How to Cope if your Teenager is Arrested

How to Cope if your Teenager is Arrested

Parenting Teens: How to Cope if your Teenager is Arrested

First let me say that I am not an attorney. And, therefore, this article does not provide legal advice. If you need an attorney, please consult one in your area. I am a psychotherapist. I have spent 20 years working with teenagers and families in various capacities – homeless and runaway youth, juvenile offenders, court ordered anger management groups, substance abuse counseling, wraparound services for juvenile offenders. In other words, I’ve helped a lot of kids and parents deal with the emotional aspects of being arrested, on probation, or suspended from school.

Here are my best tips for  how to cope if your teenager is arrested:

  1. Manage your anger, sadness, worry, guilt
  2. Find compassion for yourself and your child
  3. Seek help for yourself and your teenager
  4. Take things one step at a time
  5. Healing takes time

You are probably experiencing a rush of “negative emotions”. Your teenager’s arrest may be a complete shock to you to you may have seen it coming for months. Either way, it’s essential that you find healthy ways to deal with your emotions.

I know it’s tempting to scream and yell, bury yourself in work, lock yourself in your room, and/or drink too much. Obviously, these approaches aren’t going to help you and aren’t modeling the kind of coping skills you want your teen to use. If you need to vent, find someone other than your teenager to listen.

Healthy emotion management may include:

  • exercise
  • journaling
  • meditation
  • talking with friends
  • going to a support group such as Alanon or CODA
  • therapy
  • art, music, or other creative outlets
  • prayer, worship

I’d like you to try to practice self-compassion. Having your teenager arrested doesn’t mean you are a bad parent. Self-compassion means that you speak kindly to yourself. Don’t compare yourself to other parents or other families.

Having your teen arrested doesn’t make you a bad parent.

It also doesn’t mean you have a bad kid. Kids act out because they are in pain. It’s an unhealthy way to ask for help, but it is a cry for help none the less.

Kids act out because they are in pain.

I’m not suggesting you accept harmful, disrespectful or unlawful behavior. You need to set limits for your child and give appropriate consequences. At the same time, it will not help to berate your child, point out every mistake s/he’s ever made, shame or humiliate her/him. It is possible to hold your child accountable and stay calm and maintain your self-respect all at the same time.

There are a lot of unknowns when someone is arrested. Your head may be spinning with unanswered questions. There is no way of knowing what the long-term legal, financial, emotional consequences may be. Don’t assume the worst. It’s easy to slide into negative thinking.Your job is to stay present-focused. Don’t spend too much time in “what-if land”. Focus on what you can control and work on accepting that certain things are out of your control.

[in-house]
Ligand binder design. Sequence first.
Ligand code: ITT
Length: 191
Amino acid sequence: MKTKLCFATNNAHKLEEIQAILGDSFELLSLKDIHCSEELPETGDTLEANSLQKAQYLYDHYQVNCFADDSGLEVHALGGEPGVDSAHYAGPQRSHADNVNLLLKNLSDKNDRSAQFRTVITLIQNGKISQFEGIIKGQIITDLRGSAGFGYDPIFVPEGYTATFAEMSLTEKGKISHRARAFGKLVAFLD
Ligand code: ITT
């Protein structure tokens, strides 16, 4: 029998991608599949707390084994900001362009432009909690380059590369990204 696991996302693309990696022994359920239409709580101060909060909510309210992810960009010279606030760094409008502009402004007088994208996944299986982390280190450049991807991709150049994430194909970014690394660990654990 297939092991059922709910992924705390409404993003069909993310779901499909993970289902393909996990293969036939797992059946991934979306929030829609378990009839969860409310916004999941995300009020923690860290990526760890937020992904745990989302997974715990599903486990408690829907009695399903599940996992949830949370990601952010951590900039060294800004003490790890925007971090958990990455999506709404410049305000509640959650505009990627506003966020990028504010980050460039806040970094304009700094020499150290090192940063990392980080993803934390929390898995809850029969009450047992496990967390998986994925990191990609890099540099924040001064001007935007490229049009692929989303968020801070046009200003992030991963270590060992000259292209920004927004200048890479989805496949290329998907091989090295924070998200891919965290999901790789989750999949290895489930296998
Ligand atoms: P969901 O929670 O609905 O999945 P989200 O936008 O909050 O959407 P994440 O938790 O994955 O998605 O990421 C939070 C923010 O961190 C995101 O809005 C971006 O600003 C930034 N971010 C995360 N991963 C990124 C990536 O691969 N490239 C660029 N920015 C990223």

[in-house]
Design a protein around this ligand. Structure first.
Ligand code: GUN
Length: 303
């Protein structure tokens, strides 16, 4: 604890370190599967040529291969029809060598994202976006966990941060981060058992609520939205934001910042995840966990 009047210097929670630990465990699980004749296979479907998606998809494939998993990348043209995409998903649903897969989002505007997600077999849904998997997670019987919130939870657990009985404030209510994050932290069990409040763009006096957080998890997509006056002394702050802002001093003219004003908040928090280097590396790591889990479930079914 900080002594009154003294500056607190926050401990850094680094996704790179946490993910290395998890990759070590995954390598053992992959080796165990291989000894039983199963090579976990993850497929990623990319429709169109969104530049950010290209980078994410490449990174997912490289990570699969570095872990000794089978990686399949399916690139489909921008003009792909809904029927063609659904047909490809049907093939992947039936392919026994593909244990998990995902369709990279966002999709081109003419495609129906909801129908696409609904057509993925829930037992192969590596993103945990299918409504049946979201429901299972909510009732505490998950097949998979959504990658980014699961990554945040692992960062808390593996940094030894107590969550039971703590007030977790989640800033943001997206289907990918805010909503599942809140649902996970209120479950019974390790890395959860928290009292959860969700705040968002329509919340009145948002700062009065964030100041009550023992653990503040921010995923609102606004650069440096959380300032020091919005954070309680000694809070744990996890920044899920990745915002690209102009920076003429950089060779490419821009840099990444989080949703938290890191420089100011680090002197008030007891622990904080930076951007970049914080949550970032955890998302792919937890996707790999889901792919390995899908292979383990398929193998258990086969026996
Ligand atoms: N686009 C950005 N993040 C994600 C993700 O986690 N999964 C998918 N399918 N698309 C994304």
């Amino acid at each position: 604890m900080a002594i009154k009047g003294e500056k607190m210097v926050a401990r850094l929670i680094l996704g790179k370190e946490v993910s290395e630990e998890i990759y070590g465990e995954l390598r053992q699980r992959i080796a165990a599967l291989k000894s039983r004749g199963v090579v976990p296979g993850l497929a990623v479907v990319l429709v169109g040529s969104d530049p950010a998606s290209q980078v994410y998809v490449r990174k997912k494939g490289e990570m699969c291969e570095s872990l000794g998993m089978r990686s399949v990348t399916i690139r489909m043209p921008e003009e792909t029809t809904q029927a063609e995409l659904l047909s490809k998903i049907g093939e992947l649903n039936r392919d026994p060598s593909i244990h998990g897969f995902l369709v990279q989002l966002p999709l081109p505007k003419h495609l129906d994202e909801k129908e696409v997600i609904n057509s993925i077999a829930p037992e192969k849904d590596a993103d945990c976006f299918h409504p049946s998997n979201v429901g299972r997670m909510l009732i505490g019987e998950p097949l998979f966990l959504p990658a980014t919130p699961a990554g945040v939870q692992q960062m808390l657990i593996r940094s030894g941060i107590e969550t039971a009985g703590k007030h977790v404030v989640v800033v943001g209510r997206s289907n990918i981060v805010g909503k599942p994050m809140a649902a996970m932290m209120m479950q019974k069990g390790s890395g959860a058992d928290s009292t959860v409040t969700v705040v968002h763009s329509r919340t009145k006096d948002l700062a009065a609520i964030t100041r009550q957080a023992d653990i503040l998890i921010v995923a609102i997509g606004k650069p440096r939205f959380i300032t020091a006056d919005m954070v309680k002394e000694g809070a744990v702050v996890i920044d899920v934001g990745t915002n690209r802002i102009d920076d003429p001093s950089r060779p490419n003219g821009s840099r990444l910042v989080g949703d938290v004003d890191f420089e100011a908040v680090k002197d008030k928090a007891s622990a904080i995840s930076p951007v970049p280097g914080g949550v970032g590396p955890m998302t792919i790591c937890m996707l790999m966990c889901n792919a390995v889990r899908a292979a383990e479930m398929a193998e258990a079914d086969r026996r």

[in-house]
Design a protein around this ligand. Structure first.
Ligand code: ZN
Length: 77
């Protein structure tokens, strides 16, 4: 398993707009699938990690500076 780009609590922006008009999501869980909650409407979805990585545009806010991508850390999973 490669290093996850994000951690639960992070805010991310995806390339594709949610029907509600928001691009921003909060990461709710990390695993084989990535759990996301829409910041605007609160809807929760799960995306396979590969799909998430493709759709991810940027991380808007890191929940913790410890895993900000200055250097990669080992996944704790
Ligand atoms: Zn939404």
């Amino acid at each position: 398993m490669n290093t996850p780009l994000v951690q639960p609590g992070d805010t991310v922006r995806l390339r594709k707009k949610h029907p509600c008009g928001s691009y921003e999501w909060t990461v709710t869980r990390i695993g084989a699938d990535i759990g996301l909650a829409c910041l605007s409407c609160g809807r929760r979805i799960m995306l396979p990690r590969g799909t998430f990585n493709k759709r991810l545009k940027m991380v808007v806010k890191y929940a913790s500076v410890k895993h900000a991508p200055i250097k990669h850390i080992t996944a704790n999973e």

Dealing with all the ramifications of your teen’s arrest may take quite some time. Healing from it will also take a while. Practice patience. I always say that parenting is a marathon not a sprint. You are in this for the long haul. What is broken? What’s underneath your child’s acting out? And don’t expect your child to tell you. Chances are s/he doesn’t have that kind of insight and if s/he does s/he sure as hell won’t tell you! Don’t try to force relationships or healing if you’re not ready. Recognize when you’re stuck and seek professional help.

A crisis like this one is an opportunity for growth and change. I challenge you, once things have calmed down a bit, to find ways that your child’s arrest can lead to healing for your child and family. You can’t undo what’s already happened. But you can choose to have this experience change you and your family for the better.

If you’re in the San Jose area, I invite you to call me at 408-982-6535 to find out how I can help you cope with your teen’s arrest.

Sharon Martin, a licensed counselor and psychotherapist in Northern California, specializes in helping adult children of alcoholics and others who struggle with anxiety, perfectionism, and self-criticism. She has a private psychotherapy practice in CA where she is available for online counseling. Sharon is also the author of The CBT Workbook for Perfectionism and write the blog Conquering Codependency for Psychology Today.

One Comment

  1. I was looking all over the web for an article such as this all it kept giving me was parents whose children abuse them, or parents in jail. How do I also deal with the guilt over the hurt child? I will be thinking of and praying for her forever and I do not know her name or have a way to apologize.

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